On Thursday night, while at a reading, I received two pieces of news: John Hughes, director of Sixteen Candles, had died. And the Yankees were beating the Red Sox, 9-3 (They went on to win, 13-6). The most surprising thing about these two bits of info: I didn’t even know the Yankees and Red Sox were playing.
When I came to college in New York in 1991 (the year of Hughes’s last film as director, the Jim Belushi-vehicle Curly Sue) I hopped onto the Yankee bandwagon. In the ensuing years, I looked forward to each Yankee-Red Sox series like it was a holiday, an incredible holiday that lasted three or four days at a time and repeated throughout the summer and sometimes in the fall with increasing reverence and fervor. I felt that the whole city of New York with its legions of Yankee and Red Sox fans was celebrating with me. Looking back now it’s hard to remember that passion in the same way it’s hard to remember taking a John Hughes movie seriously, not that I ever took them too seriously, except maybe The Breakfast Club.
I don’t care about the Yankees any more. There are lots of straightforward reasons for this: I never liked Giambi or A-Rod or Roger Clemens; the whole Yankee clubhouse in fact got a little gross. But there is something else missing from today’s Yanks and Sox games, which John Hughes brings to mind.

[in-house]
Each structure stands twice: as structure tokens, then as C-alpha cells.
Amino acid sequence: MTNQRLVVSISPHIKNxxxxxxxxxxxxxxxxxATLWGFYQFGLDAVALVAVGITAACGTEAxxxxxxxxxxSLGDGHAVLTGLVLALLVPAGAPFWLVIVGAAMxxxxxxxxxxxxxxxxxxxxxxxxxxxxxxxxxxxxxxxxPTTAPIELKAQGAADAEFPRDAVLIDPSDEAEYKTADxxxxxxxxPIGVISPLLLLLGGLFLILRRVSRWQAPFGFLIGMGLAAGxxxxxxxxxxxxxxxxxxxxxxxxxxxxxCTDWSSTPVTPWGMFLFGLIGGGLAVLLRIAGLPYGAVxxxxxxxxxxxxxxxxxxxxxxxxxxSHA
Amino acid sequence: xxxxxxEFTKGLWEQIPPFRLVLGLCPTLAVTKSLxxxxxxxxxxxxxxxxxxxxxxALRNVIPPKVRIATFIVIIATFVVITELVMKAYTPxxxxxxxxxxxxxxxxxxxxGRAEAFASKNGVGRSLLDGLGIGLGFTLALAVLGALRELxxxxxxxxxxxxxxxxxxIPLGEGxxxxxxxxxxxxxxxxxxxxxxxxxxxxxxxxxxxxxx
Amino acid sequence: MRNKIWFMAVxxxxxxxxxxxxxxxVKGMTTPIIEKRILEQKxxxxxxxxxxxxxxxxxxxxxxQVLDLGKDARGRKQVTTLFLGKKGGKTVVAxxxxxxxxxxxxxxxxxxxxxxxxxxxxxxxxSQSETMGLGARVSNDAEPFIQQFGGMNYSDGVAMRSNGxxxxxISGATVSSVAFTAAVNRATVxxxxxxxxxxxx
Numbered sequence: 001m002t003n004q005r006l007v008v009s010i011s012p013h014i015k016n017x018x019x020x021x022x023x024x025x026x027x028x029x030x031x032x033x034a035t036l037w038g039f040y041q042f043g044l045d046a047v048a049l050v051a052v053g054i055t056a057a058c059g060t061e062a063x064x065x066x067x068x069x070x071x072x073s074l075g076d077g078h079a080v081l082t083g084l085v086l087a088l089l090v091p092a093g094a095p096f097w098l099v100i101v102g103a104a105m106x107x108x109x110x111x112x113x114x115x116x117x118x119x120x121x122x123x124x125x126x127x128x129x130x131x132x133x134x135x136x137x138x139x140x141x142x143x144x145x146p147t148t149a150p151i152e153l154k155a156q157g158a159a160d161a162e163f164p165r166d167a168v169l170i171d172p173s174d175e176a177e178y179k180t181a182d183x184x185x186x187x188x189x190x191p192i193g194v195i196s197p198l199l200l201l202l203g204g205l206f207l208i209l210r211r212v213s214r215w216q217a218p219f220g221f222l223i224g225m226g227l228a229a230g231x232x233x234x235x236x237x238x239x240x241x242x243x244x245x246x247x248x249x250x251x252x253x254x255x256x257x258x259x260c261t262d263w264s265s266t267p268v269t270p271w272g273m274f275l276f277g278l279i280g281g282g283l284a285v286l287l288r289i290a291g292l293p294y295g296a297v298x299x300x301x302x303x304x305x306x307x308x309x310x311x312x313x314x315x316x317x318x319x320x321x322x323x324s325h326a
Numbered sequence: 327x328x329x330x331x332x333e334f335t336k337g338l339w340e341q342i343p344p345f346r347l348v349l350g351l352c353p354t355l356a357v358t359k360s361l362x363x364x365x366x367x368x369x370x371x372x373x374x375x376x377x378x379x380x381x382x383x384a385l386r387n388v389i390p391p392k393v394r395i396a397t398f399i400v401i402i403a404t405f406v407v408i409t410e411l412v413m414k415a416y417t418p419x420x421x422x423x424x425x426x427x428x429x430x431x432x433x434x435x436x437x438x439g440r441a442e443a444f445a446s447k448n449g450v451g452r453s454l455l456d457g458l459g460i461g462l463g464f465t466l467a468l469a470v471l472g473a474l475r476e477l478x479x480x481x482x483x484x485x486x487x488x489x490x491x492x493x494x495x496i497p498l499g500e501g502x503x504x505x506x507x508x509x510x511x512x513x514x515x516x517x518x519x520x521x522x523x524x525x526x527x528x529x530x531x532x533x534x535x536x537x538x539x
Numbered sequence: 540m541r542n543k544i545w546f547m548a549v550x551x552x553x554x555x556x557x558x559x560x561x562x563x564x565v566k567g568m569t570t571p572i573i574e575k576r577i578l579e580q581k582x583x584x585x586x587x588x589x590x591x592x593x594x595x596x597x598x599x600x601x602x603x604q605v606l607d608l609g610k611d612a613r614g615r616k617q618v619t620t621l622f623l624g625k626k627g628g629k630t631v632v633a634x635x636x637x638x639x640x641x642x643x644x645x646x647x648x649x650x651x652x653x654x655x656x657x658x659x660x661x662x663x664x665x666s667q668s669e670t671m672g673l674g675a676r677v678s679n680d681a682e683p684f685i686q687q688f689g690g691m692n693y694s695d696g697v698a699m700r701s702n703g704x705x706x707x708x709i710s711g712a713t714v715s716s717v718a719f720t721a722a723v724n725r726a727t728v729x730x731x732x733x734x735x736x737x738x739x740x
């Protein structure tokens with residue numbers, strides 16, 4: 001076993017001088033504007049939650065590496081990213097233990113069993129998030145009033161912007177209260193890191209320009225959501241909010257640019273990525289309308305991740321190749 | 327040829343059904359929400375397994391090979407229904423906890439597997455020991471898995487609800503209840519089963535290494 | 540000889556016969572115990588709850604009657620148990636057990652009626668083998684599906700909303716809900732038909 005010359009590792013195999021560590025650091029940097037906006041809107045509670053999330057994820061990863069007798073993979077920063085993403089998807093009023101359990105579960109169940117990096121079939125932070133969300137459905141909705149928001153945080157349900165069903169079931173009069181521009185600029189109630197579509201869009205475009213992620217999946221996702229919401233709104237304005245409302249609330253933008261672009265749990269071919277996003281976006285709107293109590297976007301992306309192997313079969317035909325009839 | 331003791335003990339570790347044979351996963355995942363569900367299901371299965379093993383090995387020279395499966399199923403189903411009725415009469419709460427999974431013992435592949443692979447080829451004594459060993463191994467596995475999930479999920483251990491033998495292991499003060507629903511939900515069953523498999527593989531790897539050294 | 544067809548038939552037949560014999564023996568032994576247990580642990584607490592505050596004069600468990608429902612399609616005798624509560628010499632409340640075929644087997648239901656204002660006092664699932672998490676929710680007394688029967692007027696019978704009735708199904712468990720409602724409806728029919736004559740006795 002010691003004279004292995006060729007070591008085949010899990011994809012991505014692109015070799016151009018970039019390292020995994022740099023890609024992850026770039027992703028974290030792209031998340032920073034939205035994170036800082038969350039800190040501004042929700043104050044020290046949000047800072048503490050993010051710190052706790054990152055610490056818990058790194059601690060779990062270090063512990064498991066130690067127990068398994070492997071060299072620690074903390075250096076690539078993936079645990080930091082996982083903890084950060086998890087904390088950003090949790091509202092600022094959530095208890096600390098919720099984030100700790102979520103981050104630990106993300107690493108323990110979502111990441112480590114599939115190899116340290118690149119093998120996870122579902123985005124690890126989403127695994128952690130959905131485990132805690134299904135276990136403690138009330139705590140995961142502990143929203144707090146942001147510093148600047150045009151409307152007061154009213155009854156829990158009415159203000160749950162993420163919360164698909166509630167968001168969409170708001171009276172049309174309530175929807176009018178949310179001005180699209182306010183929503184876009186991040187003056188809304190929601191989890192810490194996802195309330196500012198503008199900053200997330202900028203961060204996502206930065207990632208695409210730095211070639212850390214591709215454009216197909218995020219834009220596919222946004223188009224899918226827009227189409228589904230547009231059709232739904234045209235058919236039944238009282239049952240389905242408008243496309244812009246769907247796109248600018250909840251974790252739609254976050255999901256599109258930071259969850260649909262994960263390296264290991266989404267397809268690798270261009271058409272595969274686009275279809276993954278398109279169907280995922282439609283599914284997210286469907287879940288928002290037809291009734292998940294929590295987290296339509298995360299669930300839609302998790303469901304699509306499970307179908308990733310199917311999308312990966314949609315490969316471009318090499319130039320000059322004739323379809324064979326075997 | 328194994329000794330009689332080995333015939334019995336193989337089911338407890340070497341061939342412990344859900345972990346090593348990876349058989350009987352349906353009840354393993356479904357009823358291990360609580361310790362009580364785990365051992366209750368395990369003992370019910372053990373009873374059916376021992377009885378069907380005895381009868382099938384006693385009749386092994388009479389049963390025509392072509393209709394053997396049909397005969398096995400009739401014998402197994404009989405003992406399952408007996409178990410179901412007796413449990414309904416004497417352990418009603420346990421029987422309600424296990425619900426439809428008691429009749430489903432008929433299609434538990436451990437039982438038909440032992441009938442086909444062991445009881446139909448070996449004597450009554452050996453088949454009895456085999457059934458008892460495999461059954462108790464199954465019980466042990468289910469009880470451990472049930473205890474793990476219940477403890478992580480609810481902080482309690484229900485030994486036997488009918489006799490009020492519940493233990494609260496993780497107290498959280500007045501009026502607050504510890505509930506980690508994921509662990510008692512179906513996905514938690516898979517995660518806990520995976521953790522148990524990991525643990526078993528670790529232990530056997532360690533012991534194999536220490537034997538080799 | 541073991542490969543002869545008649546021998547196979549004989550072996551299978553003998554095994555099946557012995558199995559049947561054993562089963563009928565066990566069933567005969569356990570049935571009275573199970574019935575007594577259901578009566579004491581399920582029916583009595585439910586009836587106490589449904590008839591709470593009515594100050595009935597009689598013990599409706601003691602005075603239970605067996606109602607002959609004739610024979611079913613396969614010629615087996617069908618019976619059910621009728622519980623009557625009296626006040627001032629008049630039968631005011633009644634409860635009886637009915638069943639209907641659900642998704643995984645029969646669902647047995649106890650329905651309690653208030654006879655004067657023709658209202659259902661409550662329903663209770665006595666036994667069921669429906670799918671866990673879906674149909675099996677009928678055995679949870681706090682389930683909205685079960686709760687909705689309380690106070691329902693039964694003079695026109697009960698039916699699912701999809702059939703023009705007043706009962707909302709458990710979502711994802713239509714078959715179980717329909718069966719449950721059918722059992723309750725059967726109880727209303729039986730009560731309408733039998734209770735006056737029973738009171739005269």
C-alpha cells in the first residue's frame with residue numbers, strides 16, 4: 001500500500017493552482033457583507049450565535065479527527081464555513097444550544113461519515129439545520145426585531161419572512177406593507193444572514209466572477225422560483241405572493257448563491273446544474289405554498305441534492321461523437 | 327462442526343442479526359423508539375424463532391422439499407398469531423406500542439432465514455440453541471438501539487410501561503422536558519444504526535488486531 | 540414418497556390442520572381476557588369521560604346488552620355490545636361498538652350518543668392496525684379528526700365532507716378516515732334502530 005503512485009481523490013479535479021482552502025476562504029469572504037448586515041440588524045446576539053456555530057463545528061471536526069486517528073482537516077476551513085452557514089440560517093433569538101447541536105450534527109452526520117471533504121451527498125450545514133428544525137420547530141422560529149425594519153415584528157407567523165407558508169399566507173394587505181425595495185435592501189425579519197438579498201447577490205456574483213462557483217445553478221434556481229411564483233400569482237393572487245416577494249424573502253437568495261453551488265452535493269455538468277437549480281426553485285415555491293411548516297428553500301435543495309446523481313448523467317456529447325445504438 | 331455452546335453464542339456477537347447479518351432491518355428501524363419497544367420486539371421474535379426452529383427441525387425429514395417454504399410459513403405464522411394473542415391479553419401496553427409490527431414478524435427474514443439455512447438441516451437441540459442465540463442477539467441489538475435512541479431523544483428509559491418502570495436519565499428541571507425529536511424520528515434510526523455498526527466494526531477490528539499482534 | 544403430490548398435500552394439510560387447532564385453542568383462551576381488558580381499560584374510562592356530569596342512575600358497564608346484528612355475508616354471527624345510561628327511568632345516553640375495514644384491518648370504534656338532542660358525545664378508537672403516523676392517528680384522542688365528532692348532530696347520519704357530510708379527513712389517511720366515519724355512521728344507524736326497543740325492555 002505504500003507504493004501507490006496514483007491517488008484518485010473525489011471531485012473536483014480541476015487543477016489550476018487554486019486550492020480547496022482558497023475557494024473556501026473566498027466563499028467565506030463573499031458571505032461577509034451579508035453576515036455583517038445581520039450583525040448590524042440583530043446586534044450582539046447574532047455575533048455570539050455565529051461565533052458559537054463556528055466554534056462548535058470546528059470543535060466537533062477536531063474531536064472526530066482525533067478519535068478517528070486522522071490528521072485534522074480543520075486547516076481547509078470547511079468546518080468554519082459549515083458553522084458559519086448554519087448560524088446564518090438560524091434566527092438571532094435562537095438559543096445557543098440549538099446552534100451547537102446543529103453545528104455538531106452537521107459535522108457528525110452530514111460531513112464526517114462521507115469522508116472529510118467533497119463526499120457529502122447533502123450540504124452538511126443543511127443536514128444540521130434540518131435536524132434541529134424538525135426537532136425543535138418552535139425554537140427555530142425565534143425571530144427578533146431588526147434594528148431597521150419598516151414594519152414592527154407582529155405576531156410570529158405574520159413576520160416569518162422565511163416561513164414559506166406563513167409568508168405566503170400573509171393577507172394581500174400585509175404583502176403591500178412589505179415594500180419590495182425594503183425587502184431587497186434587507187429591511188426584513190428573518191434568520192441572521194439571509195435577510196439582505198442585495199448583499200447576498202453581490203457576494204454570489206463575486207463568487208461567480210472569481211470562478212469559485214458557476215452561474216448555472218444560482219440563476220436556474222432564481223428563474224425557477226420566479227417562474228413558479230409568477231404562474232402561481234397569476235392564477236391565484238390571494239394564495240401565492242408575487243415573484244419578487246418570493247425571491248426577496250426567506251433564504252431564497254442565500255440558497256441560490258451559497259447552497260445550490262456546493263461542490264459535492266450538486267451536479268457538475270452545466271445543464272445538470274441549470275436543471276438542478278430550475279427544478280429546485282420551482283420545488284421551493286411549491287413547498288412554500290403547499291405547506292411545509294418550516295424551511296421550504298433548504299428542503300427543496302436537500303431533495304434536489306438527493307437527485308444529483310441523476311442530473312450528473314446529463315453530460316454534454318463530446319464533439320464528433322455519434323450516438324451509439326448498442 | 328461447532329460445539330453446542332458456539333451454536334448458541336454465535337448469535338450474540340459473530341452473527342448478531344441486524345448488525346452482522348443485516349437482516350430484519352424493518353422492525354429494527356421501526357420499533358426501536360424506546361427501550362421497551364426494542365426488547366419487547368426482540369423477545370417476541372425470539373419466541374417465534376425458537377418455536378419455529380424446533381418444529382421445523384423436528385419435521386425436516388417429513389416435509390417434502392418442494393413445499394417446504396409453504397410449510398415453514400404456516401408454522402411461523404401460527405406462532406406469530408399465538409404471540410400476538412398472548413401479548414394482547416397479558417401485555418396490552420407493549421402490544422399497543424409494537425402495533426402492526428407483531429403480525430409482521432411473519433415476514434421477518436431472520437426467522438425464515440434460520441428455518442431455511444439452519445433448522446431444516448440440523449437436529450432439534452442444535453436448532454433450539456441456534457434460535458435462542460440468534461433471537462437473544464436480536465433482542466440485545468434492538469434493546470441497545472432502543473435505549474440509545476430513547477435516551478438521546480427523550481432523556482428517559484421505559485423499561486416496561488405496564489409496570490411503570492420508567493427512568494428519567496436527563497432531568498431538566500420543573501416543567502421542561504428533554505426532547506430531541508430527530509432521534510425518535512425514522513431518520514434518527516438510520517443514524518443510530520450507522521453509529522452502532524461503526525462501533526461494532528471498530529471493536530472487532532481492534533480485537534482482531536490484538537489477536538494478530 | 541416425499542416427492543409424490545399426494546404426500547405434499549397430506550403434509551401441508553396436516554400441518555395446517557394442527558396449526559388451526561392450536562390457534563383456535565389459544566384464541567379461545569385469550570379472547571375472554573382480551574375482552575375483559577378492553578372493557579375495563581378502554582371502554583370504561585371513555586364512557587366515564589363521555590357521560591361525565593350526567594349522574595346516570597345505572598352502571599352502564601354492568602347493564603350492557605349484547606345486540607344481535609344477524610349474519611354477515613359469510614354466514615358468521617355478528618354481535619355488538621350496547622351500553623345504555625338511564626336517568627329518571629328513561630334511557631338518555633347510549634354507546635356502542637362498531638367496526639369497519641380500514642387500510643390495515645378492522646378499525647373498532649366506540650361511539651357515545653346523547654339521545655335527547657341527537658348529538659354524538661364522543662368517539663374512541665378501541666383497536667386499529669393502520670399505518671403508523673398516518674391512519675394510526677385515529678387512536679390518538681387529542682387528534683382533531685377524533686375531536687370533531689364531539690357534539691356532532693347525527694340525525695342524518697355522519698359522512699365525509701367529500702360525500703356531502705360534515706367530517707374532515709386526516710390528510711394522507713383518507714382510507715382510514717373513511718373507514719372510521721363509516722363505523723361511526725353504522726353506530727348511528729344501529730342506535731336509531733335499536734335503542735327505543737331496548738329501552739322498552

It may be just the haze of nostalgia, but it seems to me that teen movies in the Reagan years were much more class-conscious than they have been since. They drew strong divisions between the insiders, the rich successful citizens of America, and the outsiders, poorer punks with broken homes. Hughes’s screenplay for Pretty in Pink (1986) depended largely on a black-and-white distinction between record-store dwellers, Duckie, Annie Potts, and Molly Ringwald, and the Polo bourgeoisie, James Spader and Andrew McCarthy. It was easy to pick a side.
Movies after the Clinton boom, though, like Bring It On or She’s All That, had an earnest investment in a happy multiculturalism where the rich and popular aren’t so bad if you just get to know them, and everyone has an opportunity to join them. They were NAFTA movies.
Before the steroid witch-hunts and the BoSox successful emulation of their talent-buying rivals, the Yankees and Sox games used to divide the world like John Hughes’ movies. Lines were drawn between the evil empire and the beaten-down outsiders of Red Sox nation.
So why did I side with the Yankees, the James Spaders of baseball? Well, geography for one. But I also never bought into the Red Sox self-pity. They had one of the largest payrolls in baseball and a huge fan base. They were more Andrew McCarthy, the simpering liberal rich kid, than they were Duckie. And no man likes Andrew McCarthy.
Whichever team you liked, there was something grandiose in the fight. Or maybe that’s just nostalgia talking. Regardless, the Yankees and Red Sox of today seem to me like Pepsi and Coke. I don’t really drink very much soda. But if I did, I’d take Coke. And I’m a little happy the Yankees swept.